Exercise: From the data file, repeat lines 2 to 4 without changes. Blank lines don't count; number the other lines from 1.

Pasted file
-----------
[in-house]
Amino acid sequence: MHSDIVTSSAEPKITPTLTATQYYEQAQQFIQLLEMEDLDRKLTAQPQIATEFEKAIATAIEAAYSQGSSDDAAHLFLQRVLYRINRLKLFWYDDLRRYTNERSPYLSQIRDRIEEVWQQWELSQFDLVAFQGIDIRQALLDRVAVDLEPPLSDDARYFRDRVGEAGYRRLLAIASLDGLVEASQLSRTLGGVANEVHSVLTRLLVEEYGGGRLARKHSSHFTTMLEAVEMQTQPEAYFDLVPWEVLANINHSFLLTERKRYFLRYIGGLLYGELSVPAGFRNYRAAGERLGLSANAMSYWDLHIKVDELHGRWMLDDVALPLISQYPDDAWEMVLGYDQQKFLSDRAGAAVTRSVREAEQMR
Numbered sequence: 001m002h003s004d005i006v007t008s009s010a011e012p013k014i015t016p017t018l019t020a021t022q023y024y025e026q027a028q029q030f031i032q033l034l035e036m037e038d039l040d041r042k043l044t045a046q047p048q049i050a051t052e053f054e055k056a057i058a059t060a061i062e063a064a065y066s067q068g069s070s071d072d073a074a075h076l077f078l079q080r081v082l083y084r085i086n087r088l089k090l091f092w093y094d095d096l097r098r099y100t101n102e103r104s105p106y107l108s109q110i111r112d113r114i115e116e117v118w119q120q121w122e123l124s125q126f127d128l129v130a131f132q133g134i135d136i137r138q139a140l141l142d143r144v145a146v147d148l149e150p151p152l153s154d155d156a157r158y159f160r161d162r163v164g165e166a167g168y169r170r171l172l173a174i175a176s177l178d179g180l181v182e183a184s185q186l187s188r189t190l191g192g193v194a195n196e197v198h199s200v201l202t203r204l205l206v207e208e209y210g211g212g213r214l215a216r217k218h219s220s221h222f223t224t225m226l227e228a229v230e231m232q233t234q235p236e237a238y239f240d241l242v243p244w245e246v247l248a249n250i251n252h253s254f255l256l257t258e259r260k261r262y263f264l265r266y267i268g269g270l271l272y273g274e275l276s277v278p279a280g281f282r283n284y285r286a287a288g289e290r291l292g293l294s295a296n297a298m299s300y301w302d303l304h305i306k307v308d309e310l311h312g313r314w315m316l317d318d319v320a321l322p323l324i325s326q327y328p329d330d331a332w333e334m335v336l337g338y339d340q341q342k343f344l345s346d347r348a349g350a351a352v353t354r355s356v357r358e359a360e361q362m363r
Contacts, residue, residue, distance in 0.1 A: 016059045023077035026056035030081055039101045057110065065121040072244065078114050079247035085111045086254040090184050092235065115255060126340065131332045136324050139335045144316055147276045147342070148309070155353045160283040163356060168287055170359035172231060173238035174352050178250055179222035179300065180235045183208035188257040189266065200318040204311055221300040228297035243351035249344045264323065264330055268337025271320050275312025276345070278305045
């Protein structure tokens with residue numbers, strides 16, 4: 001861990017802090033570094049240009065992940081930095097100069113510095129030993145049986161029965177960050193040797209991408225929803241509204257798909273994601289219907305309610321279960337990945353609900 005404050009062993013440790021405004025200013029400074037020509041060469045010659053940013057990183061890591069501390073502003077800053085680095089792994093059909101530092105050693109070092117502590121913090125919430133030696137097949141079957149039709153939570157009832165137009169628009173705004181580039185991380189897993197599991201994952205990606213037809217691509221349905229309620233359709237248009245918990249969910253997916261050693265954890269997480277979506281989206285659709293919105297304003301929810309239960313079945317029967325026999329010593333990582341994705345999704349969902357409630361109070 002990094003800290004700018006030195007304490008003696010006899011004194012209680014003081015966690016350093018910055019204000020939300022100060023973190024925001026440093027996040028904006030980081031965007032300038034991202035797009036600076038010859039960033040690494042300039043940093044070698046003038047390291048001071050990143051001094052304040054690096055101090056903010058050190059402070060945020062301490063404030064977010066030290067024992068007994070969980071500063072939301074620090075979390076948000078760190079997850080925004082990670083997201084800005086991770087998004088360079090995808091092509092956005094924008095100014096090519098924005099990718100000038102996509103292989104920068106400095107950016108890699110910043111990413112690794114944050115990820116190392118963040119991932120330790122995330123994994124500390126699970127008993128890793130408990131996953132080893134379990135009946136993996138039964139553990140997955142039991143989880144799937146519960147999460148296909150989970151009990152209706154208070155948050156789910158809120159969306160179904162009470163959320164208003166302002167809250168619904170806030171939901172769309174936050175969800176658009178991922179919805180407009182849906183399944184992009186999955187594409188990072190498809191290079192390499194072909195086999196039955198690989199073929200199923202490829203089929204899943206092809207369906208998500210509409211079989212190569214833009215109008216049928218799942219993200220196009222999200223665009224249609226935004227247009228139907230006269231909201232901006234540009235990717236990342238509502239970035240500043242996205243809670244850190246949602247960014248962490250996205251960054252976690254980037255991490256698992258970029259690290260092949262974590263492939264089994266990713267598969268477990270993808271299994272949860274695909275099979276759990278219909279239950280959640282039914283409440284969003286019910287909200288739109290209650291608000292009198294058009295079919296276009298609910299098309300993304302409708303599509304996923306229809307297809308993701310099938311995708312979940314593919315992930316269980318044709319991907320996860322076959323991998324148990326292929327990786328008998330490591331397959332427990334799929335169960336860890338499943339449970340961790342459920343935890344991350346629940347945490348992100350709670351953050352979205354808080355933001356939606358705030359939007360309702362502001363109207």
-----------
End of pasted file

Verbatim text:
Amino acid sequence: MHSDIVTSSAEPKITPTLTATQYYEQAQQFIQLLEMEDLDRKLTAQPQIATEFEKAIATAIEAAYSQGSSDDAAHLFLQRVLYRINRLKLFWYDDLRRYTNERSPYLSQIRDRIEEVWQQWELSQFDLVAFQGIDIRQALLDRVAVDLEPPLSDDARYFRDRVGEAGYRRLLAIASLDGLVEASQLSRTLGGVANEVHSVLTRLLVEEYGGGRLARKHSSHFTTMLEAVEMQTQPEAYFDLVPWEVLANINHSFLLTERKRYFLRYIGGLLYGELSVPAGFRNYRAAGERLGLSANAMSYWDLHIKVDELHGRWMLDDVALPLISQYPDDAWEMVLGYDQQKFLSDRAGAAVTRSVREAEQMR
Numbered sequence: 001m002h003s004d005i006v007t008s009s010a011e012p013k014i015t016p017t018l019t020a021t022q023y024y025e026q027a028q029q030f031i032q033l034l035e036m037e038d039l040d041r042k043l044t045a046q047p048q049i050a051t052e053f054e055k056a057i058a059t060a061i062e063a064a065y066s067q068g069s070s071d072d073a074a075h076l077f078l079q080r081v082l083y084r085i086n087r088l089k090l091f092w093y094d095d096l097r098r099y100t101n102e103r104s105p106y107l108s109q110i111r112d113r114i115e116e117v118w119q120q121w122e123l124s125q126f127d128l129v130a131f132q133g134i135d136i137r138q139a140l141l142d143r144v145a146v147d148l149e150p151p152l153s154d155d156a157r158y159f160r161d162r163v164g165e166a167g168y169r170r171l172l173a174i175a176s177l178d179g180l181v182e183a184s185q186l187s188r189t190l191g192g193v194a195n196e197v198h199s200v201l202t203r204l205l206v207e208e209y210g211g212g213r214l215a216r217k218h219s220s221h222f223t224t225m226l227e228a229v230e231m232q233t234q235p236e237a238y239f240d241l242v243p244w245e246v247l248a249n250i251n252h253s254f255l256l257t258e259r260k261r262y263f264l265r266y267i268g269g270l271l272y273g274e275l276s277v278p279a280g281f282r283n284y285r286a287a288g289e290r291l292g293l294s295a296n297a298m299s300y301w302d303l304h305i306k307v308d309e310l311h312g313r314w315m316l317d318d319v320a321l322p323l324i325s326q327y328p329d330d331a332w333e334m335v336l337g338y339d340q341q342k343f344l345s346d347r348a349g350a351a352v353t354r355s356v357r358e359a360e361q362m363r
Contacts, residue, residue, distance in 0.1 A: 016059045023077035026056035030081055039101045057110065065121040072244065078114050079247035085111045086254040090184050092235065115255060126340065131332045136324050139335045144316055147276045147342070148309070155353045160283040163356060168287055170359035172231060173238035174352050178250055179222035179300065180235045183208035188257040189266065200318040204311055221300040228297035243351035249344045264323065264330055268337025271320050275312025276345070278305045